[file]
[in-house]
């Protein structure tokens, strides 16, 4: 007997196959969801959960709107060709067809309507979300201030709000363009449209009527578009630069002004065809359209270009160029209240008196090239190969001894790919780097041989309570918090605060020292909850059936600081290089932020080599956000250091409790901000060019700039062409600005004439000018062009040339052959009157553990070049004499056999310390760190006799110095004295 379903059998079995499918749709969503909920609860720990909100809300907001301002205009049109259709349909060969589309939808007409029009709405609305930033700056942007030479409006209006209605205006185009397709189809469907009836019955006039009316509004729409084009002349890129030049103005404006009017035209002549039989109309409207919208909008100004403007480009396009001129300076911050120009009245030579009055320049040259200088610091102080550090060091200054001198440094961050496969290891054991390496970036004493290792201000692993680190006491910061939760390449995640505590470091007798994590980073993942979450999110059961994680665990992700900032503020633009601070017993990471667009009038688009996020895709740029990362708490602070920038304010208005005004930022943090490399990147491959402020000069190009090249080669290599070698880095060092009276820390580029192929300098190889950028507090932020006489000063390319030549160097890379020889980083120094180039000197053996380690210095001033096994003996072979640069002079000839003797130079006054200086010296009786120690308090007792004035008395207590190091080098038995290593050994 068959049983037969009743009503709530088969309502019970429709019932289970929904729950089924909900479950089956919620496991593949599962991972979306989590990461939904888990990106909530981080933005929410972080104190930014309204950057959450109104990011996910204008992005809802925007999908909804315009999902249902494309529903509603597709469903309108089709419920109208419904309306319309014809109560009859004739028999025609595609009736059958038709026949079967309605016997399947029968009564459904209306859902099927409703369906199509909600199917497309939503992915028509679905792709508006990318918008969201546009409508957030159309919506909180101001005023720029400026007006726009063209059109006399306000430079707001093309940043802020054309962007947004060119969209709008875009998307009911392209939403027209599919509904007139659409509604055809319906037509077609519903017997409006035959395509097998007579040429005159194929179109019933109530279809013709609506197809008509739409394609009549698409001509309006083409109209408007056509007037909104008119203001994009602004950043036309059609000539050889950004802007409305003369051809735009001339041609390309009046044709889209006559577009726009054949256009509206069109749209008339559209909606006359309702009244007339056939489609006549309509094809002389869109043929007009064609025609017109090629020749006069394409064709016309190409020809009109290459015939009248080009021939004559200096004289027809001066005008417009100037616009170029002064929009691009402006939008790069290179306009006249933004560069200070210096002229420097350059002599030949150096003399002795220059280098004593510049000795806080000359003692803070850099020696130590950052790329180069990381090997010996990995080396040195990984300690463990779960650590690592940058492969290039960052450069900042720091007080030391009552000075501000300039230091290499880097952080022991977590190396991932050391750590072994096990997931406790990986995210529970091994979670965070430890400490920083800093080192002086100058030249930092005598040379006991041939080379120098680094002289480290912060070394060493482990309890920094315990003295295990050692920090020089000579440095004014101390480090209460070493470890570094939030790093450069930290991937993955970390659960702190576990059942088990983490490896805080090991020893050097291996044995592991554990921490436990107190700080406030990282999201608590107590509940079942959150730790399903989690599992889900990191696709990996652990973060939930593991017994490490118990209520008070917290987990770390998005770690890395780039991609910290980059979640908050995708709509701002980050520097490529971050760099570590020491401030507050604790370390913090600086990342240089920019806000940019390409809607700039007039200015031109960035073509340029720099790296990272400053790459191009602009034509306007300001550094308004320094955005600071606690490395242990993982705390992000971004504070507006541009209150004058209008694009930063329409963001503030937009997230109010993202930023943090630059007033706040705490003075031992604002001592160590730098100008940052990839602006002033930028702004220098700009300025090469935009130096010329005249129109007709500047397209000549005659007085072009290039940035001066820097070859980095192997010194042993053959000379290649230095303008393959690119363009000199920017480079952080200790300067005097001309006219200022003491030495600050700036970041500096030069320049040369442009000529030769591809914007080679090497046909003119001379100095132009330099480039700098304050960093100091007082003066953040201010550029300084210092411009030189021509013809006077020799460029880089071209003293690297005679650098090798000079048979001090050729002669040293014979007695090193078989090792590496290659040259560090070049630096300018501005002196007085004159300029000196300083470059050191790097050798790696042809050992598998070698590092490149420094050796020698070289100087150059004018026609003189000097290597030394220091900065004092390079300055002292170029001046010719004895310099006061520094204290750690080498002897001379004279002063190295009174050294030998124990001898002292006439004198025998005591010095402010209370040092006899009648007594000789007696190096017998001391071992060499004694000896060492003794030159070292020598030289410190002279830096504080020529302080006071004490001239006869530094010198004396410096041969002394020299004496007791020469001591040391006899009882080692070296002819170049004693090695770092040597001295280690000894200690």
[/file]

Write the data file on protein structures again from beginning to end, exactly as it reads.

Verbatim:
[in-house]
């Protein structure tokens, strides 16, 4: 007997196959969801959960709107060709067809309507979300201030709000363009449209009527578009630069002004065809359209270009160029209240008196090239190969001894790919780097041989309570918090605060020292909850059936600081290089932020080599956000250091409790901000060019700039062409600005004439000018062009040339052959009157553990070049004499056999310390760190006799110095004295 379903059998079995499918749709969503909920609860720990909100809300907001301002205009049109259709349909060969589309939808007409029009709405609305930033700056942007030479409006209006209605205006185009397709189809469907009836019955006039009316509004729409084009002349890129030049103005404006009017035209002549039989109309409207919208909008100004403007480009396009001129300076911050120009009245030579009055320049040259200088610091102080550090060091200054001198440094961050496969290891054991390496970036004493290792201000692993680190006491910061939760390449995640505590470091007798994590980073993942979450999110059961994680665990992700900032503020633009601070017993990471667009009038688009996020895709740029990362708490602070920038304010208005005004930022943090490399990147491959402020000069190009090249080669290599070698880095060092009276820390580029192929300098190889950028507090932020006489000063390319030549160097890379020889980083120094180039000197053996380690210095001033096994003996072979640069002079000839003797130079006054200086010296009786120690308090007792004035008395207590190091080098038995290593050994 068959049983037969009743009503709530088969309502019970429709019932289970929904729950089924909900479950089956919620496991593949599962991972979306989590990461939904888990990106909530981080933005929410972080104190930014309204950057959450109104990011996910204008992005809802925007999908909804315009999902249902494309529903509603597709469903309108089709419920109208419904309306319309014809109560009859004739028999025609595609009736059958038709026949079967309605016997399947029968009564459904209306859902099927409703369906199509909600199917497309939503992915028509679905792709508006990318918008969201546009409508957030159309919506909180101001005023720029400026007006726009063209059109006399306000430079707001093309940043802020054309962007947004060119969209709008875009998307009911392209939403027209599919509904007139659409509604055809319906037509077609519903017997409006035959395509097998007579040429005159194929179109019933109530279809013709609506197809008509739409394609009549698409001509309006083409109209408007056509007037909104008119203001994009602004950043036309059609000539050889950004802007409305003369051809735009001339041609390309009046044709889209006559577009726009054949256009509206069109749209008339559209909606006359309702009244007339056939489609006549309509094809002389869109043929007009064609025609017109090629020749006069394409064709016309190409020809009109290459015939009248080009021939004559200096004289027809001066005008417009100037616009170029002064929009691009402006939008790069290179306009006249933004560069200070210096002229420097350059002599030949150096003399002795220059280098004593510049000795806080000359003692803070850099020696130590950052790329180069990381090997010996990995080396040195990984300690463990779960650590690592940058492969290039960052450069900042720091007080030391009552000075501000300039230091290499880097952080022991977590190396991932050391750590072994096990997931406790990986995210529970091994979670965070430890400490920083800093080192002086100058030249930092005598040379006991041939080379120098680094002289480290912060070394060493482990309890920094315990003295295990050692920090020089000579440095004014101390480090209460070493470890570094939030790093450069930290991937993955970390659960702190576990059942088990983490490896805080090991020893050097291996044995592991554990921490436990107190700080406030990282999201608590107590509940079942959150730790399903989690599992889900990191696709990996652990973060939930593991017994490490118990209520008070917290987990770390998005770690890395780039991609910290980059979640908050995708709509701002980050520097490529971050760099570590020491401030507050604790370390913090600086990342240089920019806000940019390409809607700039007039200015031109960035073509340029720099790296990272400053790459191009602009034509306007300001550094308004320094955005600071606690490395242990993982705390992000971004504070507006541009209150004058209008694009930063329409963001503030937009997230109010993202930023943090630059007033706040705490003075031992604002001592160590730098100008940052990839602006002033930028702004220098700009300025090469935009130096010329005249129109007709500047397209000549005659007085072009290039940035001066820097070859980095192997010194042993053959000379290649230095303008393959690119363009000199920017480079952080200790300067005097001309006219200022003491030495600050700036970041500096030069320049040369442009000529030769591809914007080679090497046909003119001379100095132009330099480039700098304050960093100091007082003066953040201010550029300084210092411009030189021509013809006077020799460029880089071209003293690297005679650098090798000079048979001090050729002669040293014979007695090193078989090792590496290659040259560090070049630096300018501005002196007085004159300029000196300083470059050191790097050798790696042809050992598998070698590092490149420094050796020698070289100087150059004018026609003189000097290597030394220091900065004092390079300055002292170029001046010719004895310099006061520094204290750690080498002897001379004279002063190295009174050294030998124990001898002292006439004198025998005591010095402010209370040092006899009648007594000789007696190096017998001391071992060499004694000896060492003794030159070292020598030289410190002279830096504080020529302080006071004490001239006869530094010198004396410096041969002394020299004496007791020469001591040391006899009882080692070296002819170049004693090695770092040597001295280690000894200690």